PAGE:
I just learned that Legson Kayira passed away. My Mom sent an email saying his wife called to give Mom and her siblings the news. It makes me a bit sad that though I had some correspondence with him, and of course heard many stories from Mom, my grandparents, and my Mom’s siblings, I didn’t get the chance to meet him. He was an amazing human being.
In his honor I’m reposting a blog entry I wrote in April 2007. This is, without a doubt, the most commented on post I’ve ever done. Legson inspired so many people, touched so many lives, and it’s amazing to me how many people found my post while searching for him and then wanted to try and get back in touch with him again. I hope, for my part, I was able to help in getting some of those connections made. I always replied to people who asked that I would contact Legson, give him their info, and leave it up to him if he wanted to make contact. I was honored to hopefully put him back in touch with so many people and maybe remind him how loved he was and how important he was to so many.
As I said in the post I am so proud of our family’s part in his journey. It was truly inspirational, as he himself was inspirational as well.
Families have many stories. One of ours involves a man named Legson Kayira. Giving Legson a home during the 60′s is something my family is proud of, and should be. They took him in, which was probably not really as easy as they let on, and then proceeded to make a life long connection with him. In fact, during my mom’s wedding last summer one of the events we have pictures of was a phone call to London, where Legson and his wife have lived for several years. In the photos my mom and all of her siblings who were present are lined up along the side of the house talking on the phone, or waiting to talk on the phone, to Legson.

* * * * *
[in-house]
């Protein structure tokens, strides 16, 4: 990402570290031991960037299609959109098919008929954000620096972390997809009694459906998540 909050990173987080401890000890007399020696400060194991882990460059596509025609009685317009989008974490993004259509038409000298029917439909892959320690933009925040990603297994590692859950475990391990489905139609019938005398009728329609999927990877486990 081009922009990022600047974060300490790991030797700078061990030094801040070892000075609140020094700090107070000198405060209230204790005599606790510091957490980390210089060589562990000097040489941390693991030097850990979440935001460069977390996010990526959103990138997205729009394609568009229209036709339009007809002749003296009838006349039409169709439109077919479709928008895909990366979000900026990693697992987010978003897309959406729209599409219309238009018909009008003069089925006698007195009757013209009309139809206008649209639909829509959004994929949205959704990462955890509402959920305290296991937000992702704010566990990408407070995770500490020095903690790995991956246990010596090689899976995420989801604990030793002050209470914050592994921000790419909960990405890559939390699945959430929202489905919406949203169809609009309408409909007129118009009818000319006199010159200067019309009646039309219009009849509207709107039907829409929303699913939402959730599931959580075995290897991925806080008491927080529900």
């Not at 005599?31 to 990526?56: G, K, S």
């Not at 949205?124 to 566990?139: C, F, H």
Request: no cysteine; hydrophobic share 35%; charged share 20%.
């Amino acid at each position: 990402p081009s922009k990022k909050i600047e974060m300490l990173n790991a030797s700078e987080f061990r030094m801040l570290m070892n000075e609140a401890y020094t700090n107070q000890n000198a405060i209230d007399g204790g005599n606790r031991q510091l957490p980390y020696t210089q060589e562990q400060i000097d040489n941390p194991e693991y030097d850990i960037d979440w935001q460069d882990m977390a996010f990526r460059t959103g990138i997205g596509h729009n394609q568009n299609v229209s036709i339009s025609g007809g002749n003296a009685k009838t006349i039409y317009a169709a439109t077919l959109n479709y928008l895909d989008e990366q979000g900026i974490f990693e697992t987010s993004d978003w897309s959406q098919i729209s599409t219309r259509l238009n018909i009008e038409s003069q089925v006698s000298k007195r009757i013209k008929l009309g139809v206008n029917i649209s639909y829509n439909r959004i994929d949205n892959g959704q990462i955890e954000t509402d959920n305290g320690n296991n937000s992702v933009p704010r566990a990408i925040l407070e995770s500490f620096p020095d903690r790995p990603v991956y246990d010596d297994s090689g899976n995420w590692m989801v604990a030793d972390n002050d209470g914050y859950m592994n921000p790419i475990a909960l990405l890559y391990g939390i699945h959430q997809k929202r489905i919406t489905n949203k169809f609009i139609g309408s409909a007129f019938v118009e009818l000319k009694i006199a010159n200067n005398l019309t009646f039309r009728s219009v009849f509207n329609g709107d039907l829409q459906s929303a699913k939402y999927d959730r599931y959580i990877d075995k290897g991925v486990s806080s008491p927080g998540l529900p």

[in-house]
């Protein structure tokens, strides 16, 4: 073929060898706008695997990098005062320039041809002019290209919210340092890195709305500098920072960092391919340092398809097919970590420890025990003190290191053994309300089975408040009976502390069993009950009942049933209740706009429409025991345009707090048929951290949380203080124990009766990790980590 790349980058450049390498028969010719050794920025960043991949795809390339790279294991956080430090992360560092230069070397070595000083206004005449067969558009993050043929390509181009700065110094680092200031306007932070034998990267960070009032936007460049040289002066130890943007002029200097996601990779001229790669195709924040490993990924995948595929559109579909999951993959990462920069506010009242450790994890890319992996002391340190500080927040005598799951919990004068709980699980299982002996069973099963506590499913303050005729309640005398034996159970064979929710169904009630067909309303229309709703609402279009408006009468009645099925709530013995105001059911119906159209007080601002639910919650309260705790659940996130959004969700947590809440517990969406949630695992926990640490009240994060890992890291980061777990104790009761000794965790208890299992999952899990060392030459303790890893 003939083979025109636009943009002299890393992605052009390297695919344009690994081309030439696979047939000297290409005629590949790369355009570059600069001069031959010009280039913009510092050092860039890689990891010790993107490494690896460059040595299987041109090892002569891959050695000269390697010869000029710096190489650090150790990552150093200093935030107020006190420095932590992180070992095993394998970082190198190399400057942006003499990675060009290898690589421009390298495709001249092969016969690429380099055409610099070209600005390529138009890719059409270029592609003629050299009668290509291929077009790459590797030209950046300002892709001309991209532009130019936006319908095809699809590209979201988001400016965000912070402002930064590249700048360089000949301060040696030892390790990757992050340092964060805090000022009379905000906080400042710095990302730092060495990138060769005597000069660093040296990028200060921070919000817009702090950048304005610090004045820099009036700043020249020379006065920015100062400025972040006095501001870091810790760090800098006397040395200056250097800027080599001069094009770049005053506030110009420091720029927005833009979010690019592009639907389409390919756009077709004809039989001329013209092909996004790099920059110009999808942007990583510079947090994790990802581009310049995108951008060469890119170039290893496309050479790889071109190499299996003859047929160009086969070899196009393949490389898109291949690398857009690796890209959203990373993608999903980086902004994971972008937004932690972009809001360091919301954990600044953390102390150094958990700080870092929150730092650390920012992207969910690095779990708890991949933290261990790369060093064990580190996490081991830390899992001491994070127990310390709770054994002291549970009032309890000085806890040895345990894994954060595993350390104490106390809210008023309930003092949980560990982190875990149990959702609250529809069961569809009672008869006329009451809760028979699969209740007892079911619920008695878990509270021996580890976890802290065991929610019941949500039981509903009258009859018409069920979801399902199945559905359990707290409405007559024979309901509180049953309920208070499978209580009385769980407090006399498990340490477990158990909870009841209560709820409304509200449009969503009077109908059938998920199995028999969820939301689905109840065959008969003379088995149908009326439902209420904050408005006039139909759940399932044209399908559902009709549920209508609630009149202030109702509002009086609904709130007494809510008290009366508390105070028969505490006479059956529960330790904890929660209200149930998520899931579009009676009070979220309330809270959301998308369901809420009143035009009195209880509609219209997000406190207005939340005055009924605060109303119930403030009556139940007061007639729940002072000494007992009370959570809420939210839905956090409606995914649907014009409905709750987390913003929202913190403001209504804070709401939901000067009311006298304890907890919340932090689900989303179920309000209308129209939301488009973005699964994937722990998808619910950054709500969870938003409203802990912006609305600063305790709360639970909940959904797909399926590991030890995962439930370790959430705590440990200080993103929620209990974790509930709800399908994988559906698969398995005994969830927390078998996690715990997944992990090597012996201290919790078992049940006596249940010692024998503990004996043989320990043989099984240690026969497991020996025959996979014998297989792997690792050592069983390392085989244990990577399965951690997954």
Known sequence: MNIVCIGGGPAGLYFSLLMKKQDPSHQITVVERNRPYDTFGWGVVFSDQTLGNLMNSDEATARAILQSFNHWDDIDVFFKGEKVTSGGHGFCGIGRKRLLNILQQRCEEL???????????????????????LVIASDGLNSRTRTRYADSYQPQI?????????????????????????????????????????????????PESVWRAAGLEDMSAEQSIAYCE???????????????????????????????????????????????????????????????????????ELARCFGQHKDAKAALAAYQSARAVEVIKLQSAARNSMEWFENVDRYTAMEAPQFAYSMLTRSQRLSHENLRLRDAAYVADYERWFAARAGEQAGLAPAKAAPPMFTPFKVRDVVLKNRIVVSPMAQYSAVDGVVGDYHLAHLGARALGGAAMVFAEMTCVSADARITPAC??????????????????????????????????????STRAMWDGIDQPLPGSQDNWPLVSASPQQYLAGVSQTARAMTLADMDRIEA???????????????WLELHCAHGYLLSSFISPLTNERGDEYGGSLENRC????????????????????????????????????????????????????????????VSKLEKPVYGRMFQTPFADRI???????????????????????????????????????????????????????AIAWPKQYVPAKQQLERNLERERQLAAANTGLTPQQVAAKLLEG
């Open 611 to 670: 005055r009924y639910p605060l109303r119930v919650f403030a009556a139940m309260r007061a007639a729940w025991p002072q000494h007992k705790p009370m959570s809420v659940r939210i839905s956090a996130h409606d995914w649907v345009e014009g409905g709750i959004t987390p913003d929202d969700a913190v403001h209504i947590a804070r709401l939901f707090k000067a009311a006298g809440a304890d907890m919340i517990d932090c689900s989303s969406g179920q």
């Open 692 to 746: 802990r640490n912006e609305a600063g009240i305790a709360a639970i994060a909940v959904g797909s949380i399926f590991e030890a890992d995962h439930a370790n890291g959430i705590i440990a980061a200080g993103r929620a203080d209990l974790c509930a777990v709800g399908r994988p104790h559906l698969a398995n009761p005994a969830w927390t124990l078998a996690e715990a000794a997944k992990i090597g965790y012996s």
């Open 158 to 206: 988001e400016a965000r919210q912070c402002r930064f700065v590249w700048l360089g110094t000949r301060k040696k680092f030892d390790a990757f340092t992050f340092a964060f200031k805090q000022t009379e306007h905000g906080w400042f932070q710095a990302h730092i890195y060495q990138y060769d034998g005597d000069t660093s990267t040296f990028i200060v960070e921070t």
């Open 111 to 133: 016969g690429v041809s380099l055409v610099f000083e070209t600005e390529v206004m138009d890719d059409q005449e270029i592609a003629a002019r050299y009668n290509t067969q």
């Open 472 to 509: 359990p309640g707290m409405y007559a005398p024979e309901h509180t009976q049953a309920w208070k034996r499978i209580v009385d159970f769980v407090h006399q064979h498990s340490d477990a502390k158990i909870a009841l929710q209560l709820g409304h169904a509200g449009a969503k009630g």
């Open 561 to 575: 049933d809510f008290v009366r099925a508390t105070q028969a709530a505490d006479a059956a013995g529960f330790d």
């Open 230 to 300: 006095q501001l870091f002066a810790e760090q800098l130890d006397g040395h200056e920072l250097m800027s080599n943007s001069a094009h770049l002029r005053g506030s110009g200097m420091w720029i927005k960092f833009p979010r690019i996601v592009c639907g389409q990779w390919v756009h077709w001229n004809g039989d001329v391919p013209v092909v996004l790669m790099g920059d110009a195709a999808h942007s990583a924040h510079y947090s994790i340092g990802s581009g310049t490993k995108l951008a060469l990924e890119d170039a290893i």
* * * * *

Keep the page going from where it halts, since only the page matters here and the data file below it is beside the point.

Today I was looking around for info on Legson Kayira because, I think, I’m facinated by the story of a man who would walk across Africa to get an American education, and I’m proud of the part my family played in his journey. Legson later wrote a book called “I Will Try” about his experience and has written others since. My grandparents had a copy of that book and I remember as a young child being told the story of Legson’s journey and how he stayed with my family (grandparents, mom, and her siblings) after arriving in the states, during the time he attended Skagit Valley College. At the time several articles were written about his journey and experience and during my search I happened to find the article from Time Magazine called Destination: Skagit Valley. Amazing what can be found online. My favorite part of this particular article, of course, is the quote by my grandmother. It’s classic Martha. As for our family’s part of the story, it’s classic for them. They took in a man who valued education because they could appreciate that aim, and because they felt they had something to offer him, which, for my part, I can testify to. It’s an amazing family, who has, throughout the years, touched many lives in such a postive and great way. They’ve left, and are still leaving, an incredible legacy, of which Legson Kayira is a small, yet amazing part.